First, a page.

Ruby on Rails is divided into several separate pieces. If you know what they are and what they do, you can use them individually. You can also look up documentation more easily, and you’ll know where to look for source code to a particular method, and which of several similarly-named methods does what you want.

The Gems

By default Rails includes not one, but five reusable gems.  The actual “Rails” gem contains very little code. Instead, it delegates to the supporting gems.  Rails itself just ties them together.

Rails allows you to change out many components – you can specify a different ORM, a different testing library, a different Ruby template library or a different JavaScript library.  So the descriptions below aren’t always 100% accurate for applications that customize heavily.

Below are the basic Rails gems — not dependencies or libraries, but the fundamental pieces of Rails itself.


ActiveSupport is a compatibility library including methods that aren’t necessarily specific to Rails.  You’ll see ActiveSupport used by non-Rails libraries because it contains such a lot of useful baseline functionality.  ActiveSupport includes methods like how Rails changes words from single to plural, or CamelCase to snake_case.  It also includes significantly better time and date support than the Ruby standard library.


ActiveModel hooks into features of your models that aren’t really about the database – for instance, if you want a URL for a given model, ActiveModel helps you there.  It’s a thin wrapper around many different ActiveModel implementations to tell Rails how to use them.  Most commonly, ActiveModel implementations are ORMs (see ActiveRecord, below), but they can also use non-relational storage like MongoDB, Redis, Memcached or even just local machine memory.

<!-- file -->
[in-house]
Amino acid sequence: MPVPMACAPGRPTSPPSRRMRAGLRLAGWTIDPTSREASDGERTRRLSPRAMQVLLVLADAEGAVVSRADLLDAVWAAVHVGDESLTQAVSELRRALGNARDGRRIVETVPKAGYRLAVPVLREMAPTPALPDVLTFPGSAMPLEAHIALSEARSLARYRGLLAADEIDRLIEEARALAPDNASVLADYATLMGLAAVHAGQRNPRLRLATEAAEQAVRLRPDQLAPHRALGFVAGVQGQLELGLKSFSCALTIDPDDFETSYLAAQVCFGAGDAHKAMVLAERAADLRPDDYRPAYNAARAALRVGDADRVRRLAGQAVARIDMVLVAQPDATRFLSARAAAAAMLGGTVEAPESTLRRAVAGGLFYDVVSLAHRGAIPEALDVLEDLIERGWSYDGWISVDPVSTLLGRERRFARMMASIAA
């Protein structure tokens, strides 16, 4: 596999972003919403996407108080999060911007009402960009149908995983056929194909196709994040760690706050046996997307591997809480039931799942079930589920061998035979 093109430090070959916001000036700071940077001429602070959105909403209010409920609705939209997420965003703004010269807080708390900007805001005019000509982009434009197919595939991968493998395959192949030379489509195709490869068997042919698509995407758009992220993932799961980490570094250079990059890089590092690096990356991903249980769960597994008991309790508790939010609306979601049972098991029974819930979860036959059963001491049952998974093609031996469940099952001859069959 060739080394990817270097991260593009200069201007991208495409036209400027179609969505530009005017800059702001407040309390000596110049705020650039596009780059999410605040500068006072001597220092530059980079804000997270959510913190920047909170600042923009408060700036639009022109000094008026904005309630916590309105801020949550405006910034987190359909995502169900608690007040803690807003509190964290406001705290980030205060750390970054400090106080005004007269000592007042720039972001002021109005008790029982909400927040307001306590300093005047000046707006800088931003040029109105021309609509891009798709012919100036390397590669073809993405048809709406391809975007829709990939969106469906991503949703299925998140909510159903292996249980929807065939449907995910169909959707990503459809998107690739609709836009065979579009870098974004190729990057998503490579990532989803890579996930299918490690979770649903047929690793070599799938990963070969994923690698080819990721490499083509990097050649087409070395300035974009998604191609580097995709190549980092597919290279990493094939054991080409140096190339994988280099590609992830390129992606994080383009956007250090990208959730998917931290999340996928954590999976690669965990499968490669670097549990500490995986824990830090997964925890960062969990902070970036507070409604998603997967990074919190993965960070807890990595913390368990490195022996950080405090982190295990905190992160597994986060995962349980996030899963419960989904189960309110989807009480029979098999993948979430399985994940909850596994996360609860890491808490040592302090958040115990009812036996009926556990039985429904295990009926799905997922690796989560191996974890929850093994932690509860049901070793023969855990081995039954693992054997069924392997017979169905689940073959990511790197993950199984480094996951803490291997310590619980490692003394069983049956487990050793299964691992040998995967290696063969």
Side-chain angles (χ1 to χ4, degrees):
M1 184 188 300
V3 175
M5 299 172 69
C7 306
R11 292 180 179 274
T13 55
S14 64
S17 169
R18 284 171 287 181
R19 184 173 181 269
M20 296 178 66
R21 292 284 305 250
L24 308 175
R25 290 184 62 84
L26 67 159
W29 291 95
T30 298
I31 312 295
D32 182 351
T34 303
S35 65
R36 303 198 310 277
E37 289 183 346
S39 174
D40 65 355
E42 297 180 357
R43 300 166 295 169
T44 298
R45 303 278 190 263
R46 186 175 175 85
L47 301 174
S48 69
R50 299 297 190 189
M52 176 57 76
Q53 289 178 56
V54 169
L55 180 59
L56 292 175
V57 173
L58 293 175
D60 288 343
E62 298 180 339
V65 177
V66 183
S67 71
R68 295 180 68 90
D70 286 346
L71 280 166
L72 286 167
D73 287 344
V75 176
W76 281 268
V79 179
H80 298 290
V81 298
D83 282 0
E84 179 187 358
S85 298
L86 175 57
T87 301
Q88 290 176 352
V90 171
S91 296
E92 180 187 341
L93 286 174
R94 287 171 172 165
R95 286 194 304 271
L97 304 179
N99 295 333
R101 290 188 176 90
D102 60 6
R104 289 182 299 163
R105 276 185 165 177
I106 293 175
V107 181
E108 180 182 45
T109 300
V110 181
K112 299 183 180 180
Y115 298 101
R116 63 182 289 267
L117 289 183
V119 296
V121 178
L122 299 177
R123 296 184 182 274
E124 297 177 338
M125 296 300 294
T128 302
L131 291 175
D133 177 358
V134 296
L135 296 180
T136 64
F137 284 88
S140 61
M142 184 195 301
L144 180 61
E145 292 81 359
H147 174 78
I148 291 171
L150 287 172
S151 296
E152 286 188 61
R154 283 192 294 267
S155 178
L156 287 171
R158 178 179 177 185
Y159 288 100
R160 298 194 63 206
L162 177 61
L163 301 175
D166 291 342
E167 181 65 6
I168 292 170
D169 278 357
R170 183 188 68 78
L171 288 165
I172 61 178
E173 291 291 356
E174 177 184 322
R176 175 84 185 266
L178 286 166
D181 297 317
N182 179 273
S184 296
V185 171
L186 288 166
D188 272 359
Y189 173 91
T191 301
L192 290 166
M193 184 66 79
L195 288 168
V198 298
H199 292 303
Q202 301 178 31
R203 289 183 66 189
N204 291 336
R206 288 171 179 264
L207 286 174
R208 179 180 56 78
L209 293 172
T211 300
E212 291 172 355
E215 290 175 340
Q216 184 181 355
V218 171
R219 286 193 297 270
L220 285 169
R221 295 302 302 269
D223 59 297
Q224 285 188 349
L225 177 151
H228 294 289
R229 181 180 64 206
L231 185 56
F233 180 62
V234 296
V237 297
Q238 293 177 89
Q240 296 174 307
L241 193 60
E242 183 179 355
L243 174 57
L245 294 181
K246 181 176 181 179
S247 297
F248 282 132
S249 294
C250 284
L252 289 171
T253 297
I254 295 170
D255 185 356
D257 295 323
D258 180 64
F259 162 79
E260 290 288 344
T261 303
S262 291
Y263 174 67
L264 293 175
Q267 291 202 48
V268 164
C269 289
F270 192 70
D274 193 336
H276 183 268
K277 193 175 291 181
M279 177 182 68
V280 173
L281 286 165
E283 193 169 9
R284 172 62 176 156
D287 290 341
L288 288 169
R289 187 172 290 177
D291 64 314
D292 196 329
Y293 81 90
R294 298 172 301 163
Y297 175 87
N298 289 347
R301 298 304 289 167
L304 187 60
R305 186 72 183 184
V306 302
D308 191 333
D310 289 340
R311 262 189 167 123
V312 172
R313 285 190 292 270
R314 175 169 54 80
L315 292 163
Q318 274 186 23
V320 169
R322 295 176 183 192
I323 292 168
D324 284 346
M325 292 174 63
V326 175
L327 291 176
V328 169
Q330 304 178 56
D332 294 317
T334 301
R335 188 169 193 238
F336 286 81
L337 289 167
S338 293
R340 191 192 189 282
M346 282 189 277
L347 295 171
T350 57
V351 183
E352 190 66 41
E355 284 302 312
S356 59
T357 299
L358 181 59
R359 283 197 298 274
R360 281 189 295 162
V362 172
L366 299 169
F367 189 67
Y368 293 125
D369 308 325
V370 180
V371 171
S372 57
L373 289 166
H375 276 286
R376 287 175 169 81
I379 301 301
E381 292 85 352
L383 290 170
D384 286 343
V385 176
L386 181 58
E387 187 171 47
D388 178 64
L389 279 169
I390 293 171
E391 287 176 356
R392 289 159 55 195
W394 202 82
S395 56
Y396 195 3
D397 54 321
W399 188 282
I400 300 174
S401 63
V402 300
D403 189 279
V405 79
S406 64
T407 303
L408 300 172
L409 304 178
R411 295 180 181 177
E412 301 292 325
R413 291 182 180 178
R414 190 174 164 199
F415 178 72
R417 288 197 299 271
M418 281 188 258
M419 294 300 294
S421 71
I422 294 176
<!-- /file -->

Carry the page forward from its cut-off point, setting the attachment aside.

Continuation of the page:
ActiveRecord is an Object-Relational Mapper (ORM).  That means that it maps between Ruby objects and tables in a SQL database. When you query from or write to the SQL database in Rails, you do it through ActiveRecord.  ActiveRecord also implements ActiveModel. ActiveRecord supports MySQL and SQLite, plus JDBC, Oracle, PostgreSQL and many others.


ActionPack does routing – the mapping of an incoming URL to a controller and action in Rails.  It also sets up your controllers and views, and shepherds a request through its controller action and then through rendering the view.  For some of it, ActionPack uses Rack.  The template rendering itself is done through an external gem like Erubis for .erb templates, or Haml for .haml templates.  ActionPack also handles action- or view-centered functionality like view caching.


ActionMailer is used to send email, especially email based on templates.  It works a lot like you’d hope Rails email would, with controllers, actions and “views” – which for email are text-based templates, not regular web-page templates.

Tying It Up

There’s one more gem, called “rails”, that ties these all together via something called “RailsTies”.

You can read the code if you like — it’s quite short.

Basically, something has to put all these pieces together. Your app has some glue code to do this — try typing “rails new myapp”, and read through the config directory for a sample. But the rest is done by RailTies.

Now You Know

Knowing what part of Rails does what is a great way to figure out where to find code and documentation. And finding code and documentation is a great way to understand what Rails is doing.

Free Email Rails Class? Free Chapters? News?

* indicates required
You'll hear about Ruby on Rails internals, database migrations and whatever Rails programmers can benefit from.